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Frequently asked questions


For Mossmorran we continue to regulate robustly and this includes:

  • Working closely with the HSE as the Competent Authority under the Control of Major Accident Hazards Regulations to continue to assure ourselves that both operators are taking appropriate steps to manage any Major Accident risks.
  • Continuing to monitor noise and air quality across local communities.
  • Continuing to work with the companies to deliver flaring improvements in the shortest possible timeframe. We continue to be in regular contact with both companies to monitor progress.
  • Reviewing and following up on complaints. We encourage people to use our web reporting tool where possible.
  • Continuing to respond to any significant elevated flaring by deploying staff on the ground where appropriate. 

More information on the regulations for the Mossmorran Complex are available at How we regulate Mossmorran.

Details on our compliance and enforcement work, including our inspections, can be viewed at our Compliance and enforcement page.

The site is regulated by a number of organisations including the local authority, SEPA, and the Health and Safety Executive. We also consult with NHS Fife, Health Protection Scotland and Forth Ports in order to gain information and views to support our regulatory work.

More information about how we work together is available on our How we regulate Mossmorran page.


The flares are part of the safety system and are used to burn off gas that cannot be processed safely due to the volumes involved or the gas being off specification. This might be due to scheduled maintenance requiring the plant to be ‘gas free’ prior to entry; or, following an unplanned operational interruption. The flare systems include:

  • two 80 metre high flares at Shell FNGL;
  • one 100 metre high flare at ExxonMobil FEP;
  • two ground flares which are operated by Shell FNGL but used by both sites as required.

The number and type of flaring events varies year to year. These events can last just a few seconds and minutes to hours and days depending on the circumstances at the time. The primary reason for flaring is safety and events can be either planned or unplanned in nature. In years where there are more planned maintenance activities an increase in the number of flaring events can be expected.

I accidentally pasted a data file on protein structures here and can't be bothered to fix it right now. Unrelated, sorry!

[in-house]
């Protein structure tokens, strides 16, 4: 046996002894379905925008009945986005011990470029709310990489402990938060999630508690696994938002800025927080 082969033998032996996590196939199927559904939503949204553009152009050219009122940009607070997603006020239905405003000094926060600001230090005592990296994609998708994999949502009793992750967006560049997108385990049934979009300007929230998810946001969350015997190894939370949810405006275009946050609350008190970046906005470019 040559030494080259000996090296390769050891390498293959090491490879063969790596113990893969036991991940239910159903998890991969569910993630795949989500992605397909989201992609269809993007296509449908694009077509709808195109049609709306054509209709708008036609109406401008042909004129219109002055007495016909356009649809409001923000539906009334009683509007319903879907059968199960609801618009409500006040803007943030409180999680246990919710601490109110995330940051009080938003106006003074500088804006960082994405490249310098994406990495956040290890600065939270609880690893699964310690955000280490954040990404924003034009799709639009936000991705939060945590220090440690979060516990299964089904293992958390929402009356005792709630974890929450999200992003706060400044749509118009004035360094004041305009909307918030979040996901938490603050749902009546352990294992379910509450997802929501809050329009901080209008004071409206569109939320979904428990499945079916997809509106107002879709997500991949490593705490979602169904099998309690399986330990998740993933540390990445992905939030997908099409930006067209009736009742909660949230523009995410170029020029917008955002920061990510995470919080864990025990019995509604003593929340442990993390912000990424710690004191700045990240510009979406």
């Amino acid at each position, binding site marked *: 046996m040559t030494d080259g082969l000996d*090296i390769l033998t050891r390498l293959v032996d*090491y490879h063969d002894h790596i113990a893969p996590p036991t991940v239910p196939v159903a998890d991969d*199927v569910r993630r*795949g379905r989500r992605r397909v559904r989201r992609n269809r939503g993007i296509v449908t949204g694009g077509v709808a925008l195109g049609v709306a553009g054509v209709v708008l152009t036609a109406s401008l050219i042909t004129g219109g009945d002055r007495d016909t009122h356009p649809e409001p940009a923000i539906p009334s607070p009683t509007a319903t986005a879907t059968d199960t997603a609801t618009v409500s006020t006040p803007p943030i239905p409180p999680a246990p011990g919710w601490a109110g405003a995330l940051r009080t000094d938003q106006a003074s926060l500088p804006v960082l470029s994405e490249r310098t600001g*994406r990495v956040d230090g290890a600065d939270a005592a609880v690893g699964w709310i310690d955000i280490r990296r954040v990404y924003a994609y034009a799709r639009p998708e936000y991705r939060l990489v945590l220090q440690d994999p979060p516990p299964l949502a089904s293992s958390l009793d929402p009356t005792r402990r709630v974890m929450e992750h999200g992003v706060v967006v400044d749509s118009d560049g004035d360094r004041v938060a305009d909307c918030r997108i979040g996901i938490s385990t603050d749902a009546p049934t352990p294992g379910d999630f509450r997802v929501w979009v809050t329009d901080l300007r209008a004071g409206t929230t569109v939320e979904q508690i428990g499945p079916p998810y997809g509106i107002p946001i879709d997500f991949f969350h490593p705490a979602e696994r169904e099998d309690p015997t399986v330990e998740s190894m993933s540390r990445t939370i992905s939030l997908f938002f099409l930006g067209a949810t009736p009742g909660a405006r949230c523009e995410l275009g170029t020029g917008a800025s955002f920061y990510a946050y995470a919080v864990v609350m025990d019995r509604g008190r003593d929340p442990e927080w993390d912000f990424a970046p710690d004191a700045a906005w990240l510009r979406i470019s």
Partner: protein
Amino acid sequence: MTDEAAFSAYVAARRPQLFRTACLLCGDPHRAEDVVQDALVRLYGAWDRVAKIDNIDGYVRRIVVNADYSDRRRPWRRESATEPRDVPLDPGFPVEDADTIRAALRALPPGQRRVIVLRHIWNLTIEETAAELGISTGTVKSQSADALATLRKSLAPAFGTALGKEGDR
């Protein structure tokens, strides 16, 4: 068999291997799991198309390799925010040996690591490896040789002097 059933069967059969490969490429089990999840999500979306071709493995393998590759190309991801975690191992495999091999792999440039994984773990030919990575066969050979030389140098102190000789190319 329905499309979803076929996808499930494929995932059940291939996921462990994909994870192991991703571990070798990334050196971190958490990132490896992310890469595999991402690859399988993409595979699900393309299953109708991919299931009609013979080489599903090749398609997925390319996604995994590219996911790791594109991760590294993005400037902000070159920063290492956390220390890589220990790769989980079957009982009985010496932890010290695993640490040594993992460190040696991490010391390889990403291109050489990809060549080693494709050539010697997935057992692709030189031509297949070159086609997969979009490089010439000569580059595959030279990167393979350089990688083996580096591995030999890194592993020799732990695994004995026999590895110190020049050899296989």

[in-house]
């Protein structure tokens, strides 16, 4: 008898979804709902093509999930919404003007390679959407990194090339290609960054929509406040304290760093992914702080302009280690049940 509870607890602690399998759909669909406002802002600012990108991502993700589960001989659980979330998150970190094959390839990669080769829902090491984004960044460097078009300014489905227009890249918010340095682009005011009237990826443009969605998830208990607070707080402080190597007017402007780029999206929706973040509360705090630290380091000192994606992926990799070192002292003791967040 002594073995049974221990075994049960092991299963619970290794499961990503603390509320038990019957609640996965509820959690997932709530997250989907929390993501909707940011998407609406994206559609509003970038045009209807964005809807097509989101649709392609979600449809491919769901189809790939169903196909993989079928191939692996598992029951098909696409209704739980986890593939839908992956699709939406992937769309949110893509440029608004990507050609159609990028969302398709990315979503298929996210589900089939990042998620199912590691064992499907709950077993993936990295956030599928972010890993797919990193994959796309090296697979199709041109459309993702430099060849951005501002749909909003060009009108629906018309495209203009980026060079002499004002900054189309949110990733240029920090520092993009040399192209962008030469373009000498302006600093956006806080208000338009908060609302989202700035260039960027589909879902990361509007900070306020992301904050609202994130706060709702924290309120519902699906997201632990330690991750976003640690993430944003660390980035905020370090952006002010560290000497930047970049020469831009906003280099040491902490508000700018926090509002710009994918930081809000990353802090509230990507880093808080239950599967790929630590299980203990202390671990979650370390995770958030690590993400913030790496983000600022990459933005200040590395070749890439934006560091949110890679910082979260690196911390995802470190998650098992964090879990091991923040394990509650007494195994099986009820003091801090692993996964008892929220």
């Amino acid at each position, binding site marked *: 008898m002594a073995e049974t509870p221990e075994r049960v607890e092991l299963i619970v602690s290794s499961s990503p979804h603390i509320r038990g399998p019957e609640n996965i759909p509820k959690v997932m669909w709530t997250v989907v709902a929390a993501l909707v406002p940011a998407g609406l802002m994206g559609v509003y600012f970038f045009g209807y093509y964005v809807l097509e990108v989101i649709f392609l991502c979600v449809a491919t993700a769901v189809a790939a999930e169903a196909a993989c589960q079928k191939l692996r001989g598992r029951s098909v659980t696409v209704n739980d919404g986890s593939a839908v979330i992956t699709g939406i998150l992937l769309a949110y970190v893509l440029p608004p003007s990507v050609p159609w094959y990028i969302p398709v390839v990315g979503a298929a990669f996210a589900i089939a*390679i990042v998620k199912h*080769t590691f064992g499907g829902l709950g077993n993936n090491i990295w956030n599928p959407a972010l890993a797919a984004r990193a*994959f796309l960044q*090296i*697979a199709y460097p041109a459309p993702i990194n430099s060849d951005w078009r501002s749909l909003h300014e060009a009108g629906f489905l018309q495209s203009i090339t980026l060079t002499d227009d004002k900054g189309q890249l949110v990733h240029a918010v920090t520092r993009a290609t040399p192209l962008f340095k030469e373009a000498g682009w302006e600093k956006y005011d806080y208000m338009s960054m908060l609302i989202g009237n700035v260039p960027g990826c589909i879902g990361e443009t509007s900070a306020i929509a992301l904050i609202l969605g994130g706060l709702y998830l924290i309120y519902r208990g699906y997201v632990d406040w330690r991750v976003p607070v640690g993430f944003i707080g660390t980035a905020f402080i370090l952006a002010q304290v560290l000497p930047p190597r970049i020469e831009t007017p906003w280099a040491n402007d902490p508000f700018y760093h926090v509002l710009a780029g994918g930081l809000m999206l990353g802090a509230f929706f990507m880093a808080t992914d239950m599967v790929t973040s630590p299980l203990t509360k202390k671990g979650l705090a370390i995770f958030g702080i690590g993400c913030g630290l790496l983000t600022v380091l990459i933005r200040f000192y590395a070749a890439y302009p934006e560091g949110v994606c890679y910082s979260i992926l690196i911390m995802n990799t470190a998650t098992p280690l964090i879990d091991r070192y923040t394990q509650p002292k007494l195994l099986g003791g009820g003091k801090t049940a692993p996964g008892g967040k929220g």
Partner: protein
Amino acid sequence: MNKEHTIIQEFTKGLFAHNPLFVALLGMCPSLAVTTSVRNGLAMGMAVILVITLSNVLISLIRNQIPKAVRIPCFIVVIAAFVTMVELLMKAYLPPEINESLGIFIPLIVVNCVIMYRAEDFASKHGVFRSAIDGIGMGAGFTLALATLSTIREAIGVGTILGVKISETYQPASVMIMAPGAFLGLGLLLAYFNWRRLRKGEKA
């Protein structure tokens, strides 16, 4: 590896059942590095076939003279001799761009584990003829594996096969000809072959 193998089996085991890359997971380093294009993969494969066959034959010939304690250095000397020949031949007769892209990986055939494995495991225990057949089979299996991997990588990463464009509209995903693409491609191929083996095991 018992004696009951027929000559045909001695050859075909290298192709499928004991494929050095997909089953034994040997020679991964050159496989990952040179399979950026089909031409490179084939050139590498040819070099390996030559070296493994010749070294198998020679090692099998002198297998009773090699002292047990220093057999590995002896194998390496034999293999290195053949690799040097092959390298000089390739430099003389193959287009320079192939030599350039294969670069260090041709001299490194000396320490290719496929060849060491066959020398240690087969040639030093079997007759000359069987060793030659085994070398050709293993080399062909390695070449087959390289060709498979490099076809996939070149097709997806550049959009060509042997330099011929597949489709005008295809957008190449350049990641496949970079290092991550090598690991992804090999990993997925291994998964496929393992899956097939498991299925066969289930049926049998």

To understand the frequency, type and duration of flaring events that occur, both operators at Mossmorran are required to provide an annual report to SEPA. 

This data is used as part of the regulatory controls applied by SEPA to both operators under their PPC permits. Flaring incidents must also be notified to SEPA and an incident report submitted (normally one to two pages in length) which SEPA then follows up directly with the relevant operator.

Under the Energy Act 1976 and Petroleum Act 1998, Shell are also required to have consents in place from the North Sea Transition Authority for flaring and venting of hydrocarbons.

The gases burnt in the flares are mainly methane, ethane, propane and ethylene, with smaller quantities of propylene, butylene, acetylene, benzene, toluene and hydrogen. Therefore, the flare plume will contain combustion products (principally carbon dioxide, carbon monoxide, nitrogen dioxide etc) and small quantities of unburnt hydrocarbons along with nitrogen and steam which are added to the flare to make it operate safely and efficiently.

ExxonMobil Chemical Limited at FEP and Shell UK at FNGL are permitted to flare for safety purposes. However, there are conditions in the PPC permits relating to flaring which aim to minimise community disturbance and pollution from flaring.

In general the visual and noise impact of flaring is minimised by using the ground flares; forward planning to ensure that any required flaring takes place mainly during daylight hours; and, minimising the amount of material to be flared. However when the ground flares are not available, or the flow-rates are too great (e.g. in certain start-up or shutdown operations), then the elevated flare is also used.

Smoky flaring can be minimised by the addition of steam to optimise combustion. However, excessive steam addition can give rise to noise nuisance and must therefore be carefully managed.

It is a condition of both operators’ PPC permits that they must not emit smoke exceeding a specified darkness of shade (Ringelmann Shade 2) from ground flares and elevated flares for longer than 15 minutes.